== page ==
Kids, Cupcakes, Cashmere Rule as Karan Gives Kudos to Bonnie Young

transom donnakaran 031708 Kids, Cupcakes, Cashmere Rule as Karan Gives Kudos to Bonnie YoungIn the middle of a trunk show held Saturday at her Madison Avenue store, Donna Karan peered at the half-eaten mini-cupcake that her 4-year-old granddaughter, Stefania, had just pressed into her palm.

“Why don’t you like it?” Ms. Karan asked. “I have never seen you give a cupcake away.” Stefania, who was wearing a satin fuchsia dress by children’s wear designer Bonnie Young, the host of the event, shook her head and ran off to play.

Ms. Karan returned to her original conversation topic: sex trafficking of children. She was thrilled that so many parents and kids had turned out to buy Ms. Young’s clothes, the proceeds of which were being donated to Ecpat USA, a nonprofit which combats the sexual exploitation of children.

Despite the less-than-cheery cause, the party-slash-shopfest was lively. Little girls in party dresses and the occasional boy sat around munching on grilled-cheese squares as they scribbled in custom-designed coloring books featuring sketches of Ms. Young’s collection.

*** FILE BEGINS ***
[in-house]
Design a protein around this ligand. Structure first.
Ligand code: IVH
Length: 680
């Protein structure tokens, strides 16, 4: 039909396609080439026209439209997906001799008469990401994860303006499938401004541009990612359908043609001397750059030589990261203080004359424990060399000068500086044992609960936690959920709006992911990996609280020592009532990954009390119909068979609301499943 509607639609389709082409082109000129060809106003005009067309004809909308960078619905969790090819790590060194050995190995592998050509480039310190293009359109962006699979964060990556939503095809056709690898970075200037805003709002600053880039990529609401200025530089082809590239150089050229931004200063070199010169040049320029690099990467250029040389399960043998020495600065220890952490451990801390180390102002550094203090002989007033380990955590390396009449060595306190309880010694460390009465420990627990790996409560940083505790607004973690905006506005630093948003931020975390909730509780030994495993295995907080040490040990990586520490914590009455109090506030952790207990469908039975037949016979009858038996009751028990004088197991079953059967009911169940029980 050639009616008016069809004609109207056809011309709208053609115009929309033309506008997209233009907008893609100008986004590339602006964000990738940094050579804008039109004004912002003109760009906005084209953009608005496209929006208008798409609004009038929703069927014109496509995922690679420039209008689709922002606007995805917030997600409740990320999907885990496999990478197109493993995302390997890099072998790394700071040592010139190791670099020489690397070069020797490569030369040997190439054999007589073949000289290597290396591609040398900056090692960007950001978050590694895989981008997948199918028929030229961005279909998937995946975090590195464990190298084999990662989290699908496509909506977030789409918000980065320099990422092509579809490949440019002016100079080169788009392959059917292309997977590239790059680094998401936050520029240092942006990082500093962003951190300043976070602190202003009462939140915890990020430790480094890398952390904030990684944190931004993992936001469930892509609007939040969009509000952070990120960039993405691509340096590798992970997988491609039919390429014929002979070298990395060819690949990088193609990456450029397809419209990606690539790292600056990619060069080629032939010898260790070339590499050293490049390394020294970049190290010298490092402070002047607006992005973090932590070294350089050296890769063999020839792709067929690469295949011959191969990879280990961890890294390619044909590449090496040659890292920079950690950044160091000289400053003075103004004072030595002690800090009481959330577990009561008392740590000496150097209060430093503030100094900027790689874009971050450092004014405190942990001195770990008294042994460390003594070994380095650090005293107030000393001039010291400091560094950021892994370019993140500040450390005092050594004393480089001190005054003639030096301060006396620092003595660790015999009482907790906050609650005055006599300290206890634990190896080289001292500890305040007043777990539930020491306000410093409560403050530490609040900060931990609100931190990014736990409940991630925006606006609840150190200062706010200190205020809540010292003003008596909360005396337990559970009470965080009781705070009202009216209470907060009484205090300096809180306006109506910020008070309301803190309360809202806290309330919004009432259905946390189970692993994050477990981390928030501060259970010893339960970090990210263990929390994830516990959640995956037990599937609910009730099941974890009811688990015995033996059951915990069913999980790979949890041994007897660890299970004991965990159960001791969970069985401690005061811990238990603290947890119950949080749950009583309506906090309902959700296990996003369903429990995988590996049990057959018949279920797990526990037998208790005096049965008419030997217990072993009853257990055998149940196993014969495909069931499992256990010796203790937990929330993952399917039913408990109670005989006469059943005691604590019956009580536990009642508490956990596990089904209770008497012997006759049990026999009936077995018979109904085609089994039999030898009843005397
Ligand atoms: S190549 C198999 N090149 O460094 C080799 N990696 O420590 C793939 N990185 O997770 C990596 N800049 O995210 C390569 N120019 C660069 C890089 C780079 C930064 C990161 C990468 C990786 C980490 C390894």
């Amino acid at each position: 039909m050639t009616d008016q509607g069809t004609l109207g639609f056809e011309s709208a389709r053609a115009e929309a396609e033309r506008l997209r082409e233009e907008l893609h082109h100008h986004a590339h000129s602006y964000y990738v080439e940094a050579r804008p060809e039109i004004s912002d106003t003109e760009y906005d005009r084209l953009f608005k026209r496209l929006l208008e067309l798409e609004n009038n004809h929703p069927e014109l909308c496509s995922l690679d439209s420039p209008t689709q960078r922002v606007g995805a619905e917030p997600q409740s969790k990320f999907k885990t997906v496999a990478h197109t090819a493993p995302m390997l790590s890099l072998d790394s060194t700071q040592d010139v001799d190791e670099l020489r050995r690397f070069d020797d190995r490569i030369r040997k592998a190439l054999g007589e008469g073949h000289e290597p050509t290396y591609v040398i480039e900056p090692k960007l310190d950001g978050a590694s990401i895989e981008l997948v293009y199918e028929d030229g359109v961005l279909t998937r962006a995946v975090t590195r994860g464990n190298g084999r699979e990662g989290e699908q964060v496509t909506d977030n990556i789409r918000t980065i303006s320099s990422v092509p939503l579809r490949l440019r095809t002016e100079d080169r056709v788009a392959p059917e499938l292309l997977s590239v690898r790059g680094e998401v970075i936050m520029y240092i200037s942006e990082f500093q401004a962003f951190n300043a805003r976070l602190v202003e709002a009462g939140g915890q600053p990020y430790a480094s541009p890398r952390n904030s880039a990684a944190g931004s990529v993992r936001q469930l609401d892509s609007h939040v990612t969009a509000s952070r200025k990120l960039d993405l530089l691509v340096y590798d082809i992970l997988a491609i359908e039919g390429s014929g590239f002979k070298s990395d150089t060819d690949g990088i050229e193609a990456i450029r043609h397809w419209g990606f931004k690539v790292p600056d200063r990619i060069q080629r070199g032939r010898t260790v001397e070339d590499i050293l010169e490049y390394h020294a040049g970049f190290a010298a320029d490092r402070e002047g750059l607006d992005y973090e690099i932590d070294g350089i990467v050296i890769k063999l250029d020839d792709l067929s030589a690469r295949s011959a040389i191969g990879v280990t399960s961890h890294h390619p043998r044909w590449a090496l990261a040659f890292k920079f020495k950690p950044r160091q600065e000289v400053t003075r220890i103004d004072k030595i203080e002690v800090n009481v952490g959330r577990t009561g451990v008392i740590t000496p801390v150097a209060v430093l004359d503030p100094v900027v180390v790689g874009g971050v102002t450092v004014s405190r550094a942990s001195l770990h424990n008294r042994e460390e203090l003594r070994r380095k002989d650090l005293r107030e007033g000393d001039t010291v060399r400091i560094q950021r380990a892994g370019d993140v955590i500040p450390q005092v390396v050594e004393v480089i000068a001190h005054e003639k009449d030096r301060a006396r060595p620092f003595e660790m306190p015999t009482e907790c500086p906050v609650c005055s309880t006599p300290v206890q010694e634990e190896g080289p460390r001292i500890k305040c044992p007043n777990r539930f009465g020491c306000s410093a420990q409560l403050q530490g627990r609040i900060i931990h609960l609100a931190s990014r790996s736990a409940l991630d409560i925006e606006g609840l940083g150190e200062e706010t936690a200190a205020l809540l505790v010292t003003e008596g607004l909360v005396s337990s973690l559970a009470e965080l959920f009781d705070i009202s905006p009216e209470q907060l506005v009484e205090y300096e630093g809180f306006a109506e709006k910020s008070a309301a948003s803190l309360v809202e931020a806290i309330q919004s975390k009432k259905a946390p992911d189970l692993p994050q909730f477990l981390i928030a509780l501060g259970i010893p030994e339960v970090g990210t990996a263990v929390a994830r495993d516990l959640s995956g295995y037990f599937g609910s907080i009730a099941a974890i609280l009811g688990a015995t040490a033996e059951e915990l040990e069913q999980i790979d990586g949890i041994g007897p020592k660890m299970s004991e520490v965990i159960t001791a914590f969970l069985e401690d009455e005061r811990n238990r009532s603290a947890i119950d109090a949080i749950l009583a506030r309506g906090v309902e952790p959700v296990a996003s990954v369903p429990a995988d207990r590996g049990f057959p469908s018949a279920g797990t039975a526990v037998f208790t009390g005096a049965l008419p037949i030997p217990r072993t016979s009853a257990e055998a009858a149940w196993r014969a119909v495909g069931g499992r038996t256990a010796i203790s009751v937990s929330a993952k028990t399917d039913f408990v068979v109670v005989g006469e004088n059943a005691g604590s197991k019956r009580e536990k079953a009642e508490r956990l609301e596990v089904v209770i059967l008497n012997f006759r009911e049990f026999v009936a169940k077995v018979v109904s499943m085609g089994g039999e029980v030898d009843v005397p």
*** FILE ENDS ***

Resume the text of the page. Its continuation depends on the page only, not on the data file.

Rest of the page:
Meanwhile, organizers tactfully distributed materials about Ecpat. “It’s kind of a little heavy to talk about, so we’re just handing them out,” an intern confessed of some bookmarks that read, “Protect every child’s right to be free from prostitution, pornography and trafficking.”

Ms. Young was touting slightly milder variations of the message on $48 white ribbed tank tops, which had graffiti-style messages such as “Make toys not bombs.”

Stylist Jackie Astier inspected several of the children; their parents had evidently decked them out in Ms. Young’s designs.

“See all those girls there wearing the cute little whole get-up?” Ms. Astier said. “Mine won’t do that.” Colette, 8, and Manon, 6, are in what Ms. Astier describes as “a comfy phase.”

All wasn’t lost, though. Colette donned one of the tank tops. Manon and her friend, Hermes heiress Clea Guerrand-Hermes, hurdled over a velvet couch to show their mothers the bikinis, beach cover-ups and bright yellow cashmere loungewear they had picked out.

“These are a good deal!” Ms. Astier said, fingering a $115 shrug.

The girls scampered off to find Ms. Young, who led them upstairs to the dressing rooms.